My feeling is YES!!! I have been seeing less and less MN12 bodied Thunderbirds and Cougars as of late in my area of Florida, and the majority of what I see are someone’s old "beater" cars driven just to get from point a to point b.
We have kept our '97 TBird SPORT in what I call supreme condition even though it stays outside, mind you it had been garage kept for the first half of its life.
We even have taken it to the Silver Springs all Ford roundup the past 2 years, and have gotten to park with the other TBirds from 1955 to present day models, including a few Super Coupes.
Lots of prople mistake our car for a Super Coupe because of the unique paint color (Opalescent Pearl) and the factory spoiler, and its wheels that closely resemble the SCs wheels.
Our car has been kept all stock, and original with just 83k miles on it now, and hopefully this year before the SS show I'll have time to clean & detail the engine.
Just think about it....in 20 years the 1997s will be 30 years old and their will be companies slowly starting to reproduce parts for them, and the special models such as the SCs and XR7s and anniversary models will be all that much more valuable.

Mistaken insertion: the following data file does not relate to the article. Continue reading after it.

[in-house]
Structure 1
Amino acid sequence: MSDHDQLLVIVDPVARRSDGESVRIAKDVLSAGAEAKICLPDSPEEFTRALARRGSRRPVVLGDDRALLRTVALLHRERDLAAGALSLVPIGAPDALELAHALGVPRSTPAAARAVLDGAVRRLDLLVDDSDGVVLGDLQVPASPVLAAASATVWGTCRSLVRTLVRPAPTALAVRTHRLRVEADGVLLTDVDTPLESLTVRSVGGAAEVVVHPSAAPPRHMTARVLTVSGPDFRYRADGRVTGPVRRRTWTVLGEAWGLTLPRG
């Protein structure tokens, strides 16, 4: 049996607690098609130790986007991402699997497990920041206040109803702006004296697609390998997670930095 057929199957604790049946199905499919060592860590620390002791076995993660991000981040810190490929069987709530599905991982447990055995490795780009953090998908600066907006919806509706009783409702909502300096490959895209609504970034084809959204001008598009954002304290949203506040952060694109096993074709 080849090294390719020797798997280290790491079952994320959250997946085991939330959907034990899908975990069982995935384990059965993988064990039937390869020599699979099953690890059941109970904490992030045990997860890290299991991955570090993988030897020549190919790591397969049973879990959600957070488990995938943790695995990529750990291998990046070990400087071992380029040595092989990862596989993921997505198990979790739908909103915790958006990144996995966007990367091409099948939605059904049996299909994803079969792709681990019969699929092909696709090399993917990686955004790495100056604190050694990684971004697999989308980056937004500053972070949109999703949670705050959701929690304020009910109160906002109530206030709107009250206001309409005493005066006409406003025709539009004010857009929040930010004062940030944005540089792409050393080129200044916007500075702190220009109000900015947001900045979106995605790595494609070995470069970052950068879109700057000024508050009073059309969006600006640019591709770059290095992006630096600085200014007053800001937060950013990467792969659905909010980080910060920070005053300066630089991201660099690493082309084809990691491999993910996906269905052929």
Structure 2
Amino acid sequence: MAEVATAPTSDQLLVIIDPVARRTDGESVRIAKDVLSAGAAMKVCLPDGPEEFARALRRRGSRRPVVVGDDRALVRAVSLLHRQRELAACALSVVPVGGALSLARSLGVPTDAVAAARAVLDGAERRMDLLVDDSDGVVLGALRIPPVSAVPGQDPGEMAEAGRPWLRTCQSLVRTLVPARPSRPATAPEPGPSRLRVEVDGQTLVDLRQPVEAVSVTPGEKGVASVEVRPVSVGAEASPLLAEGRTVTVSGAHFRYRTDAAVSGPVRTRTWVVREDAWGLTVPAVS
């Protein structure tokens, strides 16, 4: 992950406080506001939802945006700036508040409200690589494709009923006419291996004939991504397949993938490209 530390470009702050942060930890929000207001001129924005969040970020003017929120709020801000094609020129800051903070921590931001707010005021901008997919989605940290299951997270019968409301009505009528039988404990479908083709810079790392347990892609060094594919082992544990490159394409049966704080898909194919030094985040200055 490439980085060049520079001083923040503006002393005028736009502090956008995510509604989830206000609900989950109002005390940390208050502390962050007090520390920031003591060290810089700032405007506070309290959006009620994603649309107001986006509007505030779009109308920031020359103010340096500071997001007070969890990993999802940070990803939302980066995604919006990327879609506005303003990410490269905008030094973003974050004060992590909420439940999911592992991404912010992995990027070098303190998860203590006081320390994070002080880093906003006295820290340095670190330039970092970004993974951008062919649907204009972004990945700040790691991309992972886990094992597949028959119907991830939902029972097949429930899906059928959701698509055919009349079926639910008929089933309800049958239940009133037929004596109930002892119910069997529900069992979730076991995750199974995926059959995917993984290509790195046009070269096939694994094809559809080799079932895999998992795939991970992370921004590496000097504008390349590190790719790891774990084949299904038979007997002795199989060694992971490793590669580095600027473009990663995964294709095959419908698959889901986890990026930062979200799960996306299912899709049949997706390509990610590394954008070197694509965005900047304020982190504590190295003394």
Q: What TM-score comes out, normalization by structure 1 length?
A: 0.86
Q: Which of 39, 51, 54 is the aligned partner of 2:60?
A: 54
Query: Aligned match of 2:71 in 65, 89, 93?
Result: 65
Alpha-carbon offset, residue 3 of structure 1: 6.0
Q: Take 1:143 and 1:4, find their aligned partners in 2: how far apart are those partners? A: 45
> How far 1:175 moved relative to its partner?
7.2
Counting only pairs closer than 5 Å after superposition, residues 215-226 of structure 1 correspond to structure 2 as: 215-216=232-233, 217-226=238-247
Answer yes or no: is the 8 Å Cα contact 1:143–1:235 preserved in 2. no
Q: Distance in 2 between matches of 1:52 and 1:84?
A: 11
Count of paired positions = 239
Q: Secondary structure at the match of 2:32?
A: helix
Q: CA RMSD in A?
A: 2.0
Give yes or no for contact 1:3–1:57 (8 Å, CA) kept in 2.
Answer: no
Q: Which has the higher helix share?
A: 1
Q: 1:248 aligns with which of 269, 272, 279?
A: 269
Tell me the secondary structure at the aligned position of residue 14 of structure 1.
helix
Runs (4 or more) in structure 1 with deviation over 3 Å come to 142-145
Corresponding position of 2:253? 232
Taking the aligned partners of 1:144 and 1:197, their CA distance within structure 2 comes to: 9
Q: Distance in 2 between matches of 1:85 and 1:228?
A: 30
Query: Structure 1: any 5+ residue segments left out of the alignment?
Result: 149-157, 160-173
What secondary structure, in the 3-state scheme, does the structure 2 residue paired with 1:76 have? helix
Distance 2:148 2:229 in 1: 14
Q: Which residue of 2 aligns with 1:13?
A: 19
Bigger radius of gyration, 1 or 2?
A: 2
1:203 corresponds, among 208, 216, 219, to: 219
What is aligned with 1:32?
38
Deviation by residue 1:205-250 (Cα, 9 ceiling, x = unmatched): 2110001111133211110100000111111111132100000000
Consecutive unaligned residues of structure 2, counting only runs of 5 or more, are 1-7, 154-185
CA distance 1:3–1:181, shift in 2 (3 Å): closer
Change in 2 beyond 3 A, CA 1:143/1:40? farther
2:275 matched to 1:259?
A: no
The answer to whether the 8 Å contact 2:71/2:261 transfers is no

Take a look at the early Mustangs, and the 1955-57 Thunderbirds!!
Just keep telling yourself that.
I'm sorry, but you can't compare the MN12 platform to the early Mustangs or the early thunderbirds. The Mustang started the "Pony wars" and the early Thunderbirds were targeting the early Vette. What is "special" about a mass produced, generic (in the scheme of things), general transportation, heavy car that was never considered anything more than a pseudo sporty (and that is being kind) grandpa’s car?
Then think about the people that will be buying “classics” in 20 years… They will pay more for a “classic” modified Honda Civic (cough cough “rice burner” cough cough) than they will for a 30 year old grandpa car.
But I might be wrong, but that is what my crystal ball is showing.
Here’s a good example:
My 73 Cougar Base Convertible: (originally a 351C-2V/FMX and A/C)(Quantity produced: 1,284
Average NADA “collectable” retail: $16,380
A 73 Cougar XR-7 Convertible: (351C-4V/C6 and A/C)(Quantity produced: 3,165
Average NADA “collectable” retail: $23,625
They produced almost three times as many XR-7’s convertibles as they produced the base model convertible, but the XR-7’s are worth $7000 more. Unfortunately, you can’t apply logic to trying to figure out what is going to be a “classic”.
97 Lincoln Mark VIII LSC (Chip'd, 3.73 T/L... so far... )
97 Ford Aspire (Slow, but getting 36 mpg (f'n Ethenol!!
84 F250 Dually w/6.9L Diesel (7.3L IDI pending)
73 Mercury Cougar Convertible w/351C 4V (Partially Restored)
69 F100 LWB w/460 Engine
76 Glastron Carlson 23' Jet Boat w/460 CJ Engine